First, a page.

Thursday, January 31, 2013

A Life in Chiang Mai

View from the kitchen window
I've been trying to sit down to write something in here for weeks but I just can't seem to pull myself away from the maps, the maps. I'm delving deeper and deeper into it as I learn more about the Open Street Map project (OSM) and my own level of expertise increases. Mapping the world is no small chore and there are literally countless web sites, software programs, wikis, blogs, and other source materials dedicated to map editing, routing, error detection, database interrogation, etc., using the OSM data. Add to that the major distraction of the Australian Open on TV and assorted friends  from Homer who have been visiting Chiang Mai practically non-stop since about mid November and you can begin to understand why I've felt so busy these last few weeks. I've read about people who lose their will to live after retirement. Who are these people, I wonder, and what's wrong with them?

I've tried to come up with a theme for this post, something compelling enough to motivate me to write and I keep coming up with the fact that I'm incredibly happy and satisfied, perhaps more so then at any other time of my life. I wake up early every morning with a feeling of utter contentment. Despite that feeling, or maybe because of it, I can hardly wait to jump out of bed to begin the day, whether it's to play tennis or make a mapping expedition or take a ride in the country.  Life in Thailand is deeply satisfying on so many levels. I have a crew of tennis junkies to hang out with that provide enough recreation to keep me active and somewhat fit, a few consuming and satisfying pastimes including motorcycling in the hills hereabouts, and a wonderful woman to share things with. After a hot November, the winter weather settled into an almost perfect idyll of cool mornings, blue skies and temperatures that barely reach 80 in the afternoons. Damn near perfect.

We've done some motorcycling up north, visited some picturesque spots, entertained some good friends, eaten a slew of wonderful Thai meals but I'm tired of writing about that sort of thing. This blog stared out as a travel blog. However, now that I've all but stopped traveling, what's there to write about? I've settled into a pleasant life over here, with a home and a satisfying relationship — I have no desire to go anywhere else for the time being.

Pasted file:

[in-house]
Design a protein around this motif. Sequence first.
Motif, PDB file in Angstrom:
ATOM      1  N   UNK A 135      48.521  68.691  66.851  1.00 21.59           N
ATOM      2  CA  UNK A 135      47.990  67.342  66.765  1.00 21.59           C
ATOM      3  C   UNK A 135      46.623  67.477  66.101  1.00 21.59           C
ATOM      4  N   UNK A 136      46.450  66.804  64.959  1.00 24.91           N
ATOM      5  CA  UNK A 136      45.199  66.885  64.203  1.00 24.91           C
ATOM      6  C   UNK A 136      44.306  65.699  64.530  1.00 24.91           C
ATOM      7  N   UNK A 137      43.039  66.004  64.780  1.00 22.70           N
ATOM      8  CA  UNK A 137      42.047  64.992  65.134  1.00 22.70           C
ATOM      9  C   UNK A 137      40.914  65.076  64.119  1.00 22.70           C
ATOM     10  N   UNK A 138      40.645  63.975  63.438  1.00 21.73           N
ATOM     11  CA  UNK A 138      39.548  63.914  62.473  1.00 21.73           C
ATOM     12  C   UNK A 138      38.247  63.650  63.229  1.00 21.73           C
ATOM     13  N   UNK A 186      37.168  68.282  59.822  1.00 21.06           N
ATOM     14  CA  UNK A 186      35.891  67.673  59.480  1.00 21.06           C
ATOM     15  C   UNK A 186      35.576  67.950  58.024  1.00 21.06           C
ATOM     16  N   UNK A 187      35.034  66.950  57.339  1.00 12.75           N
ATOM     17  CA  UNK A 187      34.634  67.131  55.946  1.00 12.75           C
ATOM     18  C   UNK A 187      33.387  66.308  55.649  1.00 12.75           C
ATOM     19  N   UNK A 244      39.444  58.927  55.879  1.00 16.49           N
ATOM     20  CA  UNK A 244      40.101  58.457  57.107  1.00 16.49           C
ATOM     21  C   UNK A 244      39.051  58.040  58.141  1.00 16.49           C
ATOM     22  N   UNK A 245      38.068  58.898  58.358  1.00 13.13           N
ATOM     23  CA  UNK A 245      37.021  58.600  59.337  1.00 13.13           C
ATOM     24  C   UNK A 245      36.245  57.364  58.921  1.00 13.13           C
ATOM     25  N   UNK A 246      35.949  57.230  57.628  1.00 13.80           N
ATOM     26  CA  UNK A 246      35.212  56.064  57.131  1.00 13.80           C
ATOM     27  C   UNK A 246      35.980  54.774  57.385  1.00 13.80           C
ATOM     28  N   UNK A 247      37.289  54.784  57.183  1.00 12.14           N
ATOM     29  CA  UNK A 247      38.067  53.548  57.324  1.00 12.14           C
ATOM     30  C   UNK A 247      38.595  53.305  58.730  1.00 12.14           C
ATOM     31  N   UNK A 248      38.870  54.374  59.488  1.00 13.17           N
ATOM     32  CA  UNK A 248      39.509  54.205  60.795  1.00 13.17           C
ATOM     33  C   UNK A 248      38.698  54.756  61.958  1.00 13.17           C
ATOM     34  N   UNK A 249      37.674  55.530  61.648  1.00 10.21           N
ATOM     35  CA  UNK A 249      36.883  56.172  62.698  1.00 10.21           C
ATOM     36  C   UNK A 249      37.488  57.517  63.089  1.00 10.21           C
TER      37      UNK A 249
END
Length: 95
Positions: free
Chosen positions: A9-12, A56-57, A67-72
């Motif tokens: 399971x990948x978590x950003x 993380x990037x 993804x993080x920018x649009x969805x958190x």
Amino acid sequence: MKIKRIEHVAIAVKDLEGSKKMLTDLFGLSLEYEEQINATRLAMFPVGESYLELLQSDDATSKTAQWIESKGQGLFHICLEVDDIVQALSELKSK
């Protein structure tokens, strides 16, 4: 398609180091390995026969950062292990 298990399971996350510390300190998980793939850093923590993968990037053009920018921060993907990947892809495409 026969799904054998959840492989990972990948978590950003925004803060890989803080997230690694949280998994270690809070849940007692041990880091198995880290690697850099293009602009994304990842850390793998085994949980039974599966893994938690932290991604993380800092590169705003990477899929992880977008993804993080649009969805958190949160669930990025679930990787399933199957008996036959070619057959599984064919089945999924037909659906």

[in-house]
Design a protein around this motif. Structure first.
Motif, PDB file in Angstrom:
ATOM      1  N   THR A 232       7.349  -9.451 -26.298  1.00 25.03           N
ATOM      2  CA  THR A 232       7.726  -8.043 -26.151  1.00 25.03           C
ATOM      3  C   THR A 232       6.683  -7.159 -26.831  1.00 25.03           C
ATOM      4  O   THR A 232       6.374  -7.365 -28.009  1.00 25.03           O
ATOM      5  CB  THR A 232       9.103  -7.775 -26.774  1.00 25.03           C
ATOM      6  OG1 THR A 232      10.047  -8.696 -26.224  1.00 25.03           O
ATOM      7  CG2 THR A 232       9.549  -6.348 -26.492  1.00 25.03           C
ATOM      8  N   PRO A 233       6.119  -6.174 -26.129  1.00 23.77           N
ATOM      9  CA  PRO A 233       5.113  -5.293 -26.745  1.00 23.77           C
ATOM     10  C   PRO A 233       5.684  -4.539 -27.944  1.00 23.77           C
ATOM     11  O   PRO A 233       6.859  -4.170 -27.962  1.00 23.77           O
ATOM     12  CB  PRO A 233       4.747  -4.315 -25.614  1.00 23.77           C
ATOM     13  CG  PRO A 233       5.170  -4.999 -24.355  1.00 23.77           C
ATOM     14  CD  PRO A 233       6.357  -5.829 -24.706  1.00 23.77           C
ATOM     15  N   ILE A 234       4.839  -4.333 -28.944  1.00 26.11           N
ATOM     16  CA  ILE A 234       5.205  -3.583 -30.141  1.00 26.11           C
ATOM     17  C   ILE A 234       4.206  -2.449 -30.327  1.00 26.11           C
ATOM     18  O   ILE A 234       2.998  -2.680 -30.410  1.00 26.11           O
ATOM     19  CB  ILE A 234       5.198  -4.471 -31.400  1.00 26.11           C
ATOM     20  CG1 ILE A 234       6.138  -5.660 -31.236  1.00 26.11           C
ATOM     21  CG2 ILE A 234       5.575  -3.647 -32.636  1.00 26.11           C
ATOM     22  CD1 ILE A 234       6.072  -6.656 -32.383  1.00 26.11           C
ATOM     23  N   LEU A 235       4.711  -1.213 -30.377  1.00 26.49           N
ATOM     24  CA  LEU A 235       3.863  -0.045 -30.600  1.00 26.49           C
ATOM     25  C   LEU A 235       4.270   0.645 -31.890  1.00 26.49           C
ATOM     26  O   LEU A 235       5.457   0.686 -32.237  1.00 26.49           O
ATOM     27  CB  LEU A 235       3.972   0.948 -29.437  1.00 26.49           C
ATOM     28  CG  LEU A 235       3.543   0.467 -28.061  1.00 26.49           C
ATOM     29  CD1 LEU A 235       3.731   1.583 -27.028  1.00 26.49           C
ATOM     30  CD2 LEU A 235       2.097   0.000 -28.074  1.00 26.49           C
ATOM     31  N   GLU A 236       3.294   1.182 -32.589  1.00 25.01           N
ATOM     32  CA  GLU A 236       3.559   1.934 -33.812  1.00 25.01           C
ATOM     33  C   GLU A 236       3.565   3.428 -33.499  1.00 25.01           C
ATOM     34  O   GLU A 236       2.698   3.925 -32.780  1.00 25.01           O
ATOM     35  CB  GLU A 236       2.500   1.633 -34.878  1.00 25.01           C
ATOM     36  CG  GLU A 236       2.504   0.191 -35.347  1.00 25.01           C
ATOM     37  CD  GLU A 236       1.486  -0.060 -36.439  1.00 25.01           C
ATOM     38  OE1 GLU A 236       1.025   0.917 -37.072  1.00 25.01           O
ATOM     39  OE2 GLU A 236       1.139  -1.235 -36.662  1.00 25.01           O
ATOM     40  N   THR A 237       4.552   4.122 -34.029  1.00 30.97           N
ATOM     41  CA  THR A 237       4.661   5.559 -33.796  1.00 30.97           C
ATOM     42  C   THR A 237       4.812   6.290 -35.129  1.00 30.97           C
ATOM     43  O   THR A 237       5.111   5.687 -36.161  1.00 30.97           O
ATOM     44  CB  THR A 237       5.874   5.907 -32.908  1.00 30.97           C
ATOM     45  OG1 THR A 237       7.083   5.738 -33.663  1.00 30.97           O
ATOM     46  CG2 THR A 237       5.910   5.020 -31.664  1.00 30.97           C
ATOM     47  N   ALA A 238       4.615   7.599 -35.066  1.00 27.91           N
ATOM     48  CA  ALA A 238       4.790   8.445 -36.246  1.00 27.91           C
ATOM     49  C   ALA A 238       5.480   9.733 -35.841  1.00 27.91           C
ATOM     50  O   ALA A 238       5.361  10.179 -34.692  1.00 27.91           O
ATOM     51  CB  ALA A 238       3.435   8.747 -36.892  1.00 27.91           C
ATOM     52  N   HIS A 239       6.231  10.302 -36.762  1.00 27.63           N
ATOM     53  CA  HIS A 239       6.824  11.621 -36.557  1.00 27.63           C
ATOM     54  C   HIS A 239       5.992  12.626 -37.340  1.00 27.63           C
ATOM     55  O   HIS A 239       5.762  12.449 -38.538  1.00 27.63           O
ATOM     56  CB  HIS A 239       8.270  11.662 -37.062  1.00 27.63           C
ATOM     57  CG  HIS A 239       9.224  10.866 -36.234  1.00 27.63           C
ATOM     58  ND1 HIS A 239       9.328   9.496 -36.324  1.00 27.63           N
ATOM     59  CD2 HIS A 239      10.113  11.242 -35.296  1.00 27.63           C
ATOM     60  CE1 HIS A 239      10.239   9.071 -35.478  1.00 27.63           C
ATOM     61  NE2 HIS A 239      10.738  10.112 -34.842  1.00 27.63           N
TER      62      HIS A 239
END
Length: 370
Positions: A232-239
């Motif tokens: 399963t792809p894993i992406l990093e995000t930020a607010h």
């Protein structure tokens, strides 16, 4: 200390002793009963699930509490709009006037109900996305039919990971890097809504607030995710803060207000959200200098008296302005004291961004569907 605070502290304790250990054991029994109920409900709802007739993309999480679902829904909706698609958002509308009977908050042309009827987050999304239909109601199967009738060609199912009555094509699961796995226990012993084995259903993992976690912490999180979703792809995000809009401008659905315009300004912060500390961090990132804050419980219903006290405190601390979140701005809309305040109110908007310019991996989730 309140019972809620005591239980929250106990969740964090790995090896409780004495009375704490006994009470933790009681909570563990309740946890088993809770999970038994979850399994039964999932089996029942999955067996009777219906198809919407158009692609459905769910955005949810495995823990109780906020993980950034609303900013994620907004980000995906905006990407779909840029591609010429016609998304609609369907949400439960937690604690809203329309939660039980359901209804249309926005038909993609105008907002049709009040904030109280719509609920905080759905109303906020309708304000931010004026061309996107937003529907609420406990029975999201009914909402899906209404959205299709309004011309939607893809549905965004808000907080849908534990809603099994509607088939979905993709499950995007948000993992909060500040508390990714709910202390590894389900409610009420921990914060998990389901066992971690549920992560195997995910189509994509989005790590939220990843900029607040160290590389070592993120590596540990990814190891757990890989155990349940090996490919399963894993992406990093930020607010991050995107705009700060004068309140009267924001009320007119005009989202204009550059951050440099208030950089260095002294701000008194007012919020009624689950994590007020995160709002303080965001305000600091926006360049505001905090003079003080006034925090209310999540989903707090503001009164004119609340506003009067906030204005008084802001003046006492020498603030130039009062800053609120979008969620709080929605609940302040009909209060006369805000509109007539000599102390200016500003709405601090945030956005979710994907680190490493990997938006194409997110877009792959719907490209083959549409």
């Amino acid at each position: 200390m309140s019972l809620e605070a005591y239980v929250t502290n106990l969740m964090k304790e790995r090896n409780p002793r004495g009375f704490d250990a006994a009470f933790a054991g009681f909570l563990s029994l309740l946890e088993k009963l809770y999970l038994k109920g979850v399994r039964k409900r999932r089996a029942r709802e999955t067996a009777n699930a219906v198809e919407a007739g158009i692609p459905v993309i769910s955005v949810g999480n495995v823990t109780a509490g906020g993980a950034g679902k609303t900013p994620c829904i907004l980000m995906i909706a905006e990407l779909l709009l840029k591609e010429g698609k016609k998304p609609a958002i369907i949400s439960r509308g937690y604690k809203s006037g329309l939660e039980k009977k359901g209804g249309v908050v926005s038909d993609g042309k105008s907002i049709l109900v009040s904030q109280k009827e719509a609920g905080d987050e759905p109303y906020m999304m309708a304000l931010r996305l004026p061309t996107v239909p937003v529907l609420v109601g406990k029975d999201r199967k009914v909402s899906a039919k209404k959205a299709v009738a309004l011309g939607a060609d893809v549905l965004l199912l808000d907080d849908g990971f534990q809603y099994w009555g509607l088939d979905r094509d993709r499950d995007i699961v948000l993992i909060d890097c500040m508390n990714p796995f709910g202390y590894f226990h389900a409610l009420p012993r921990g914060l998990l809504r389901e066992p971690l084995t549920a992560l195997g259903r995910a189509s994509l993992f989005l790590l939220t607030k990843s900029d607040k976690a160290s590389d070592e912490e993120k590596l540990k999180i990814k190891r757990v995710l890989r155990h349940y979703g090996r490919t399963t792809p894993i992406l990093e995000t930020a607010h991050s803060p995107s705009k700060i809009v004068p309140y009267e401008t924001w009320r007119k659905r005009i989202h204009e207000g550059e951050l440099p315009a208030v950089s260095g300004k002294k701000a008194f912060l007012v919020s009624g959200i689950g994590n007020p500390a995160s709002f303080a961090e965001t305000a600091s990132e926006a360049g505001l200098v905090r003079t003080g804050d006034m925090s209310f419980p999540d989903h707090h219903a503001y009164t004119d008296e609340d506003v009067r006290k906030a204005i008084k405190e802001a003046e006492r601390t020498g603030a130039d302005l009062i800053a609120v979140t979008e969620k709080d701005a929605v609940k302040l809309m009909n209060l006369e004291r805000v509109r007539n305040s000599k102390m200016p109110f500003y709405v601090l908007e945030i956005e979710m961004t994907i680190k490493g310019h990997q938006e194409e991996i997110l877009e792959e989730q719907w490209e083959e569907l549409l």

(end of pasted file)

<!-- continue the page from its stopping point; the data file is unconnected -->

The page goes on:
I reckon part of that contentment stems from the fact that I quit drinking again back in June. Those of you who have known me for a while also know how much I love my beer (and wine and scotch) and that I've quit (and started) drinking several times over the years. I love the feeling of an alcohol high, the pleasant buzz, the lowering of inhibitions, the elimination of anxiety. But for me those qualities are what makes alcohol so addictive and what makes it difficult to manage my consumption.  I've never had a drink in an evening and been satisfied with just one. I've actually noticed half-full bottles of wine in people's refrigerators from time to time. Imagine that. Saving wine for another day. Not me. If it's open I finish it. After a while I got tired of being a slave to the addiction and quit.

It's easy to avoid alcohol when you're happy and freshly committed to being alcohol free but it's also easy to backslide, especially when most of your friends drink. When I learned about my heart situation last August I immediately did some reading on the subject and two of the things the writers, cardiac doctors, harped on were these simple directives: "If you drink, quit. If you smoke, quit." Check — I quit drinking last month. Check — I quit smoking in Africa two years ago. (Yes, I temporarily slid back to that horrible habit as well.) Frank Sinatra, a notorious drinker, reputedly said, "I feel sorry for people who don't drink. When they wake up in the morning that's the best they're gonna feel all day." I can recall many mornings during the past few years, I call them lost mornings, when I experienced the truth of that statement. Blech. I love waking up clear-headed and full of energy right from the get go; it's an infinitely better way to begin the day.